Disease Markers

Disease Markers / 2009 / Article

Open Access

Volume 26 |Article ID 351591 | https://doi.org/10.3233/DMA-2009-0630

Manuel Rodríguez-Yáñez, Tomás Sobrino, Miguel Blanco, Natalia Pérez de la Ossa, David Brea, Raquel Rodríguez-González, Rogelio Leira, Antonio Dávalos, José Castillo, "High Serum Levels of Pro-Brain Natriuretic Peptide (pro BNP) Identify Cardioembolic Origin in Undetermined Stroke", Disease Markers, vol. 26, Article ID 351591, 7 pages, 2009. https://doi.org/10.3233/DMA-2009-0630

High Serum Levels of Pro-Brain Natriuretic Peptide (pro BNP) Identify Cardioembolic Origin in Undetermined Stroke

Received19 Aug 2009
Accepted19 Aug 2009


Background: Stroke subtype diagnosis leads to specific therapies to reduce recurrences. Because nearly one third of patients remain with unknown etiology after a complete screening workup, we aim to investigate whether molecular markers of myocardial damage were associated with cardioembolic stroke and if they were useful to reclassify strokes of undetermined etiology.Methods: We included 262 patients with first ischemic stroke within the first 12 hours. Stroke subtype was evaluated by TOAST criteria. Stroke of undetermined origin were reclassified into likely atherothrombotic or likely cardioembolic according to a predefined non-validated algorithm. Blood samples were obtained on admission to determine serum levels of molecular markers (pro-BNP, pro-ANP and CK-MB) of myocardial damage.Results: Patients with cardioembolic infarct showed higher levels of pro-BNP, pro-ANP and CK-MB. Pro-BNP > 360 pg/mL was independently associated with cardioembolic stroke (OR: 28.51, CI95%: 5.90–136.75, p < 0.0001). Stroke etiology was undetermined in 82 patients (31%); 34 were reclassified as likely cardioembolic, 22 as likely atherothrombotic, and 26 remained as undetermined. Pro-BNP > 360 pg/mL was the only factor independently associated with likely cardioembolic stroke.Conclusions: Pro-BNP levels higher than 360 pg/mL are associated with cardioembolic stroke and may be useful to reclassify undetermined strokes as of cardioembolic origin.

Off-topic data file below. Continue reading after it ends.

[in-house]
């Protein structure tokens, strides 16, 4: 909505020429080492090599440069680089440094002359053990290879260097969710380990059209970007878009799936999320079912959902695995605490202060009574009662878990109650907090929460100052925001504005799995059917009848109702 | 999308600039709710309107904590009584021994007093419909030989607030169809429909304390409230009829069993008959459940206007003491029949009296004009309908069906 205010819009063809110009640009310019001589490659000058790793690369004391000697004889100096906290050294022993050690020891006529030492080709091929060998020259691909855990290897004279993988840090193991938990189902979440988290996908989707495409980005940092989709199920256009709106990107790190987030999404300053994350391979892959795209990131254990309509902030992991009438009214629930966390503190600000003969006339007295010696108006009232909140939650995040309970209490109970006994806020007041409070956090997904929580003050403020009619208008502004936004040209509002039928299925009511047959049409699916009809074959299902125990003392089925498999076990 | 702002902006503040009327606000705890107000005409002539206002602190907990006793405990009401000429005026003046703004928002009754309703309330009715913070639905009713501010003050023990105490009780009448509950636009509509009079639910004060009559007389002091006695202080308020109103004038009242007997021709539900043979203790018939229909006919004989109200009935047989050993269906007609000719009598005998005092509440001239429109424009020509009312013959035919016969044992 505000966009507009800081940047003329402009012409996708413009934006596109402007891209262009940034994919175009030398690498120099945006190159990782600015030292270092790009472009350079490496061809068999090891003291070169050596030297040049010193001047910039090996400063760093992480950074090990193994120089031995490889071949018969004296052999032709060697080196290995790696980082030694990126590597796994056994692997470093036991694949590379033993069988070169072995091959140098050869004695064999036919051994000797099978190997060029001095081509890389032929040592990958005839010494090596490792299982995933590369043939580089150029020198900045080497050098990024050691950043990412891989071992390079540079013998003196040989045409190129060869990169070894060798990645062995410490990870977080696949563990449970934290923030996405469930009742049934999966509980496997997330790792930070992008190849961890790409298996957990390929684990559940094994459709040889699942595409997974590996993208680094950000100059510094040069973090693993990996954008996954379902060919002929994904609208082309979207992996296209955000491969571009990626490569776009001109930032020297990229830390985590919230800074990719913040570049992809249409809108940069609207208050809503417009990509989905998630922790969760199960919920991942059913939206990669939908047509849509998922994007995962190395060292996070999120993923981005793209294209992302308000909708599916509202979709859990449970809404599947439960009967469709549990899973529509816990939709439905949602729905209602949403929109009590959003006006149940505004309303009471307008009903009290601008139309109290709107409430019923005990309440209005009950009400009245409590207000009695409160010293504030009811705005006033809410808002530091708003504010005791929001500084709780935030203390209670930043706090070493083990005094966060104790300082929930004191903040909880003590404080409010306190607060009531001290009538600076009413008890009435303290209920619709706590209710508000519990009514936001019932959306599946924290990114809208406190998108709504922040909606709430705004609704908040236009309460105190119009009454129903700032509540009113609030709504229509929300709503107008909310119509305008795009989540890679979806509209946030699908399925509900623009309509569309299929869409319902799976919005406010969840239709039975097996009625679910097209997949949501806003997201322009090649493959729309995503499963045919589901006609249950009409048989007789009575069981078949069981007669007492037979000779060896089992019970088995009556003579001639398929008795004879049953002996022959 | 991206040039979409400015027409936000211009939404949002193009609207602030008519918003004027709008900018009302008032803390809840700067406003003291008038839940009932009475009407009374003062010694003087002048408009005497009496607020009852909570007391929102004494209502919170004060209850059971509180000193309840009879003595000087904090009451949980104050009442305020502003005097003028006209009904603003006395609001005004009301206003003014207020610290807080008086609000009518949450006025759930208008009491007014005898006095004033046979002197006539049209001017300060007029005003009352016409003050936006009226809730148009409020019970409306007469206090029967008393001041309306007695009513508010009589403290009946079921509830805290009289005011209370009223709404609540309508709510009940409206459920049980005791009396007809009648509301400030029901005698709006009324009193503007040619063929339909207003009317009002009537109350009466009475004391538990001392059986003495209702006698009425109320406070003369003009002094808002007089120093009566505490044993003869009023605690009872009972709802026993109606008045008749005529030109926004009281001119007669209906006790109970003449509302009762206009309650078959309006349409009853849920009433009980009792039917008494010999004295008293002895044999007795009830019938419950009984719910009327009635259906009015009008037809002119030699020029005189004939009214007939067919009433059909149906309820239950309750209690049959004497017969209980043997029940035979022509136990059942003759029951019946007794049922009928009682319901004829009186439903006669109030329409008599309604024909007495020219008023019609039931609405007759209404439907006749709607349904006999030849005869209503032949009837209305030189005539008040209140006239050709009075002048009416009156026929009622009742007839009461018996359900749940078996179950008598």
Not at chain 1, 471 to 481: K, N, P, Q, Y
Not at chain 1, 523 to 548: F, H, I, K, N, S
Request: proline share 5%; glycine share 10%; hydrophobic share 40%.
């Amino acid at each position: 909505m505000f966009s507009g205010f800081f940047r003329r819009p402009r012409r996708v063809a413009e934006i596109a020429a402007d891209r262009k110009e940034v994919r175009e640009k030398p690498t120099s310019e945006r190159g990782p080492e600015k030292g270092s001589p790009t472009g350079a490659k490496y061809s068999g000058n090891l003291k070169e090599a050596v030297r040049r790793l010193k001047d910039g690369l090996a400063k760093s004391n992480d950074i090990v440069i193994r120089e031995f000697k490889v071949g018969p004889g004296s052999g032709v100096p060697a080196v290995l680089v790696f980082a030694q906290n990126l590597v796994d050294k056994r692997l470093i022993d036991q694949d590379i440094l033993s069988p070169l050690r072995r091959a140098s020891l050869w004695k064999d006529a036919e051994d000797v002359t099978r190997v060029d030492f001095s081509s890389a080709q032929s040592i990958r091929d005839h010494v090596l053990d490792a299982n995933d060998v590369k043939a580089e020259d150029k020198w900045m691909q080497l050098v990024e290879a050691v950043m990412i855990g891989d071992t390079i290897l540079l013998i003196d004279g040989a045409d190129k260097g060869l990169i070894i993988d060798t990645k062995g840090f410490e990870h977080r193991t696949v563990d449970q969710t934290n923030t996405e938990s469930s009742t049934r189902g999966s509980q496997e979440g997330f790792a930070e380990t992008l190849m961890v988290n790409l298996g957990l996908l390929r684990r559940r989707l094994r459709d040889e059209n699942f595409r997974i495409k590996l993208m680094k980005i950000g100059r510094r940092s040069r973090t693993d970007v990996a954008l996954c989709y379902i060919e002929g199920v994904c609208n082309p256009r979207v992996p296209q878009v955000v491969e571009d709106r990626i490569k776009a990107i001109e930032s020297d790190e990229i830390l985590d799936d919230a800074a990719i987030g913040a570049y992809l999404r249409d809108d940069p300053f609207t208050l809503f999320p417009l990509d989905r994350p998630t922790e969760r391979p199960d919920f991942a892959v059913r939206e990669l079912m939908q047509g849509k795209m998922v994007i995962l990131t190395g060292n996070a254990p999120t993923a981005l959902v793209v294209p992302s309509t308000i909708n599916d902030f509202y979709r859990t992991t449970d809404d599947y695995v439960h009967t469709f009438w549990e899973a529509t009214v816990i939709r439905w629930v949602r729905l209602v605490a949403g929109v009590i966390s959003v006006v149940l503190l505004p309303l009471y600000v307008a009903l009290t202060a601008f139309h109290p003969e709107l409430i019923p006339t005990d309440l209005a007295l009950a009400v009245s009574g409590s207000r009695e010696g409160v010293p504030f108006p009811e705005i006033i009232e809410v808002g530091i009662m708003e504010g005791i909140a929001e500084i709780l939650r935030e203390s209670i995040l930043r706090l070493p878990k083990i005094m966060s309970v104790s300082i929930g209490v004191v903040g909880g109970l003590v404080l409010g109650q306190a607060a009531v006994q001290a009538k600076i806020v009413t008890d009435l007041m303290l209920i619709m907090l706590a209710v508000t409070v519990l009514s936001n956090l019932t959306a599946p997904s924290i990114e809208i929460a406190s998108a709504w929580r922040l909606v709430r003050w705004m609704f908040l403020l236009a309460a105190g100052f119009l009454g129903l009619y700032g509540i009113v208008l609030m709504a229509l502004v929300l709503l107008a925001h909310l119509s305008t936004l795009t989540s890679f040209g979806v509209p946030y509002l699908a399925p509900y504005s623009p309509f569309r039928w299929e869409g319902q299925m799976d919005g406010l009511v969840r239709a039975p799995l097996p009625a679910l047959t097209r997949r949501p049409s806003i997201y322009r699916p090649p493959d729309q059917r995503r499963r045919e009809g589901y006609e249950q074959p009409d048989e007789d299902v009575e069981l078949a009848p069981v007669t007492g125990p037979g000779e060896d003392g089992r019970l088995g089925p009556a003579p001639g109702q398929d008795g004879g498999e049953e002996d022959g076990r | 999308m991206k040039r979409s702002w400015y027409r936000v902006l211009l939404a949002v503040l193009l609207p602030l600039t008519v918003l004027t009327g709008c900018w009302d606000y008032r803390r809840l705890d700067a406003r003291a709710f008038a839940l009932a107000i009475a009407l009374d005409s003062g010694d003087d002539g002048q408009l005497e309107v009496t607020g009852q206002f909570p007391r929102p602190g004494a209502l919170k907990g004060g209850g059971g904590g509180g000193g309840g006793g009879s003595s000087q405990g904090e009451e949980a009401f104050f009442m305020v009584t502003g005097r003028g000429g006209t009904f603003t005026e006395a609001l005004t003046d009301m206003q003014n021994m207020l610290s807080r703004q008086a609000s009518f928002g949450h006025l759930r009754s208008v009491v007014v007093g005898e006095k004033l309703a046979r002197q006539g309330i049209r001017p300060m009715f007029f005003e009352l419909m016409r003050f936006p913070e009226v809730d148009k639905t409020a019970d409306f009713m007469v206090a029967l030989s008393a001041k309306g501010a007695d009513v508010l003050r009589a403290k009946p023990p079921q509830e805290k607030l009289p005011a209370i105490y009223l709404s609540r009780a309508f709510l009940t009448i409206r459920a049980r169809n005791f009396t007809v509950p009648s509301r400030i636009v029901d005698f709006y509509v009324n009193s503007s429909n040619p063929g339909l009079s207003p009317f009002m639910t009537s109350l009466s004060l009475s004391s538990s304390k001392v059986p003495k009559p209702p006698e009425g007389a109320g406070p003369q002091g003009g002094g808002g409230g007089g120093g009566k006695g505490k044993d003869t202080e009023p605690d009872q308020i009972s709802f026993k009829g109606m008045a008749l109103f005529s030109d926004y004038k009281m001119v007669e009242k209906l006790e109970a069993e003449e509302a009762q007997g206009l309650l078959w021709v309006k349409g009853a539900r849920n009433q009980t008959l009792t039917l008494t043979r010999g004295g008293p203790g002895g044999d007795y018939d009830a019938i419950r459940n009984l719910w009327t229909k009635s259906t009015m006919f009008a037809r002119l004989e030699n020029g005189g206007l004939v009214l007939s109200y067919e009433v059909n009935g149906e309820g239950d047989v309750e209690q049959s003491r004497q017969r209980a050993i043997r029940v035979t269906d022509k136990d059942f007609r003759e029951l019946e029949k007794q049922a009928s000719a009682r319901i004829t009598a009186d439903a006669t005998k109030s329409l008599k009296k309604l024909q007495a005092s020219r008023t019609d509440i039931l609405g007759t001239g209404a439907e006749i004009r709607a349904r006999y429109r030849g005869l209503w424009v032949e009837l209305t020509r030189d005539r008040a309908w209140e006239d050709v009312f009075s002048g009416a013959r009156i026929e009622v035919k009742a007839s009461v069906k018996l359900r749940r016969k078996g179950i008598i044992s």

Copyright © 2009 Hindawi Publishing Corporation. This is an open access article distributed under the Creative Commons Attribution License, which permits unrestricted use, distribution, and reproduction in any medium, provided the original work is properly cited.

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